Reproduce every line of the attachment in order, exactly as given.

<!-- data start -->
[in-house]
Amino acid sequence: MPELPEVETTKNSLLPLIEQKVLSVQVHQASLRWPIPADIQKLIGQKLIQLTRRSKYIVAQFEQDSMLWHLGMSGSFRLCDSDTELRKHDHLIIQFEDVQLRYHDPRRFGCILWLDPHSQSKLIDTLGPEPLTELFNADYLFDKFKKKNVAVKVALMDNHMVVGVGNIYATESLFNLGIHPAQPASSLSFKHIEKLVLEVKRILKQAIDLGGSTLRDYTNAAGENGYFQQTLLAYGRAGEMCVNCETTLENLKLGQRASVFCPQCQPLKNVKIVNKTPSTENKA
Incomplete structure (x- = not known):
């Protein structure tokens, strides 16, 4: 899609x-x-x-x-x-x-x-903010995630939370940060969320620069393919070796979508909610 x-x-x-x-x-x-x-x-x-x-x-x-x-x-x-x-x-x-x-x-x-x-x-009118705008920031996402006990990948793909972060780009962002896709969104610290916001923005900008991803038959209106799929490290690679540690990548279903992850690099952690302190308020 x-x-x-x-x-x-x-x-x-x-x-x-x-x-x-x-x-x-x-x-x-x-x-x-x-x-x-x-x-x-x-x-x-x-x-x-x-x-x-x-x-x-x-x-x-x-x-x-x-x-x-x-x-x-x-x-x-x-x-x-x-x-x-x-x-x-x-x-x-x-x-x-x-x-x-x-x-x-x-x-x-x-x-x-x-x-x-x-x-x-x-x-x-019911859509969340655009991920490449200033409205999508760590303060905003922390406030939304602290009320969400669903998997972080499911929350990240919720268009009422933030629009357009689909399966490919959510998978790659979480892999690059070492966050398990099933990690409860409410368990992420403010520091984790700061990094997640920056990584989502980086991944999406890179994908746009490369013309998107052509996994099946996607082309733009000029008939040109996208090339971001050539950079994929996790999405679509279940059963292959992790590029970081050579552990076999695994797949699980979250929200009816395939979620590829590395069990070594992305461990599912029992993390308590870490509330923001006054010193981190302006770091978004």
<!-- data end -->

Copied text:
[in-house]
Amino acid sequence: MPELPEVETTKNSLLPLIEQKVLSVQVHQASLRWPIPADIQKLIGQKLIQLTRRSKYIVAQFEQDSMLWHLGMSGSFRLCDSDTELRKHDHLIIQFEDVQLRYHDPRRFGCILWLDPHSQSKLIDTLGPEPLTELFNADYLFDKFKKKNVAVKVALMDNHMVVGVGNIYATESLFNLGIHPAQPASSLSFKHIEKLVLEVKRILKQAIDLGGSTLRDYTNAAGENGYFQQTLLAYGRAGEMCVNCETTLENLKLGQRASVFCPQCQPLKNVKIVNKTPSTENKA
Incomplete structure (x- = not known):
């Protein structure tokens, strides 16, 4: 899609x-x-x-x-x-x-x-903010995630939370940060969320620069393919070796979508909610 x-x-x-x-x-x-x-x-x-x-x-x-x-x-x-x-x-x-x-x-x-x-x-009118705008920031996402006990990948793909972060780009962002896709969104610290916001923005900008991803038959209106799929490290690679540690990548279903992850690099952690302190308020 x-x-x-x-x-x-x-x-x-x-x-x-x-x-x-x-x-x-x-x-x-x-x-x-x-x-x-x-x-x-x-x-x-x-x-x-x-x-x-x-x-x-x-x-x-x-x-x-x-x-x-x-x-x-x-x-x-x-x-x-x-x-x-x-x-x-x-x-x-x-x-x-x-x-x-x-x-x-x-x-x-x-x-x-x-x-x-x-x-x-x-x-x-019911859509969340655009991920490449200033409205999508760590303060905003922390406030939304602290009320969400669903998997972080499911929350990240919720268009009422933030629009357009689909399966490919959510998978790659979480892999690059070492966050398990099933990690409860409410368990992420403010520091984790700061990094997640920056990584989502980086991944999406890179994908746009490369013309998107052509996994099946996607082309733009000029008939040109996208090339971001050539950079994929996790999405679509279940059963292959992790590029970081050579552990076999695994797949699980979250929200009816395939979620590829590395069990070594992305461990599912029992993390308590870490509330923001006054010193981190302006770091978004």